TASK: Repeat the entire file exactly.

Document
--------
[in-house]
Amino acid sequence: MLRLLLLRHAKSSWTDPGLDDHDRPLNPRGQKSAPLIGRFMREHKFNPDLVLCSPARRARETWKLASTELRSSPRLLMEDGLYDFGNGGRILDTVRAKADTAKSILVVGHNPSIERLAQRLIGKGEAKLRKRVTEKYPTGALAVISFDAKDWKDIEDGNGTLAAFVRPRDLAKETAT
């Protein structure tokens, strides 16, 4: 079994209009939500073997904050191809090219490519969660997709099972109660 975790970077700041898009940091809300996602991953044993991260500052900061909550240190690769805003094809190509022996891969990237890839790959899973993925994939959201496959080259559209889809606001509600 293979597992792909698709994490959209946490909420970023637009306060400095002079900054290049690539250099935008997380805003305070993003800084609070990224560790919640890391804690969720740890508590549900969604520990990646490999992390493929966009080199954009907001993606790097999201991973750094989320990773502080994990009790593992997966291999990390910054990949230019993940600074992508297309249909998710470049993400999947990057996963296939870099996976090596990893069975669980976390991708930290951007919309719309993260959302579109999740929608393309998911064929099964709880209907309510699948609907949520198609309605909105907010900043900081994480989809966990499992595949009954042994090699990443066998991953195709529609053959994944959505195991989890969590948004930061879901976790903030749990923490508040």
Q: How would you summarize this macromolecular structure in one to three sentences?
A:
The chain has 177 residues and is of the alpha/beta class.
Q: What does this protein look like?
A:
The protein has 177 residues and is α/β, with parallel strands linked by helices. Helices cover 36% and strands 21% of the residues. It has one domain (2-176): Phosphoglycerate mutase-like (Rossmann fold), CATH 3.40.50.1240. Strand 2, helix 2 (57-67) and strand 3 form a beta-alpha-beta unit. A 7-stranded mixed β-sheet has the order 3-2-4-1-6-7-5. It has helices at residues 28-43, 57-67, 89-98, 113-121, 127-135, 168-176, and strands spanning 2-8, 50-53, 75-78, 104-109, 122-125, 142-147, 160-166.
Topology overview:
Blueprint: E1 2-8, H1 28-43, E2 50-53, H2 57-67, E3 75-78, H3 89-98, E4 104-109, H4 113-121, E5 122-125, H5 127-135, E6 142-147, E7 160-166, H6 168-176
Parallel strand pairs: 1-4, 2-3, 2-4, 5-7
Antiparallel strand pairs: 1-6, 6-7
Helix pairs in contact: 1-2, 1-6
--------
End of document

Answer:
[in-house]
Amino acid sequence: MLRLLLLRHAKSSWTDPGLDDHDRPLNPRGQKSAPLIGRFMREHKFNPDLVLCSPARRARETWKLASTELRSSPRLLMEDGLYDFGNGGRILDTVRAKADTAKSILVVGHNPSIERLAQRLIGKGEAKLRKRVTEKYPTGALAVISFDAKDWKDIEDGNGTLAAFVRPRDLAKETAT
């Protein structure tokens, strides 16, 4: 079994209009939500073997904050191809090219490519969660997709099972109660 975790970077700041898009940091809300996602991953044993991260500052900061909550240190690769805003094809190509022996891969990237890839790959899973993925994939959201496959080259559209889809606001509600 293979597992792909698709994490959209946490909420970023637009306060400095002079900054290049690539250099935008997380805003305070993003800084609070990224560790919640890391804690969720740890508590549900969604520990990646490999992390493929966009080199954009907001993606790097999201991973750094989320990773502080994990009790593992997966291999990390910054990949230019993940600074992508297309249909998710470049993400999947990057996963296939870099996976090596990893069975669980976390991708930290951007919309719309993260959302579109999740929608393309998911064929099964709880209907309510699948609907949520198609309605909105907010900043900081994480989809966990499992595949009954042994090699990443066998991953195709529609053959994944959505195991989890969590948004930061879901976790903030749990923490508040």
Q: How would you summarize this macromolecular structure in one to three sentences?
A:
The chain has 177 residues and is of the alpha/beta class.
Q: What does this protein look like?
A:
The protein has 177 residues and is α/β, with parallel strands linked by helices. Helices cover 36% and strands 21% of the residues. It has one domain (2-176): Phosphoglycerate mutase-like (Rossmann fold), CATH 3.40.50.1240. Strand 2, helix 2 (57-67) and strand 3 form a beta-alpha-beta unit. A 7-stranded mixed β-sheet has the order 3-2-4-1-6-7-5. It has helices at residues 28-43, 57-67, 89-98, 113-121, 127-135, 168-176, and strands spanning 2-8, 50-53, 75-78, 104-109, 122-125, 142-147, 160-166.
Topology overview:
Blueprint: E1 2-8, H1 28-43, E2 50-53, H2 57-67, E3 75-78, H3 89-98, E4 104-109, H4 113-121, E5 122-125, H5 127-135, E6 142-147, E7 160-166, H6 168-176
Parallel strand pairs: 1-4, 2-3, 2-4, 5-7
Antiparallel strand pairs: 1-6, 6-7
Helix pairs in contact: 1-2, 1-6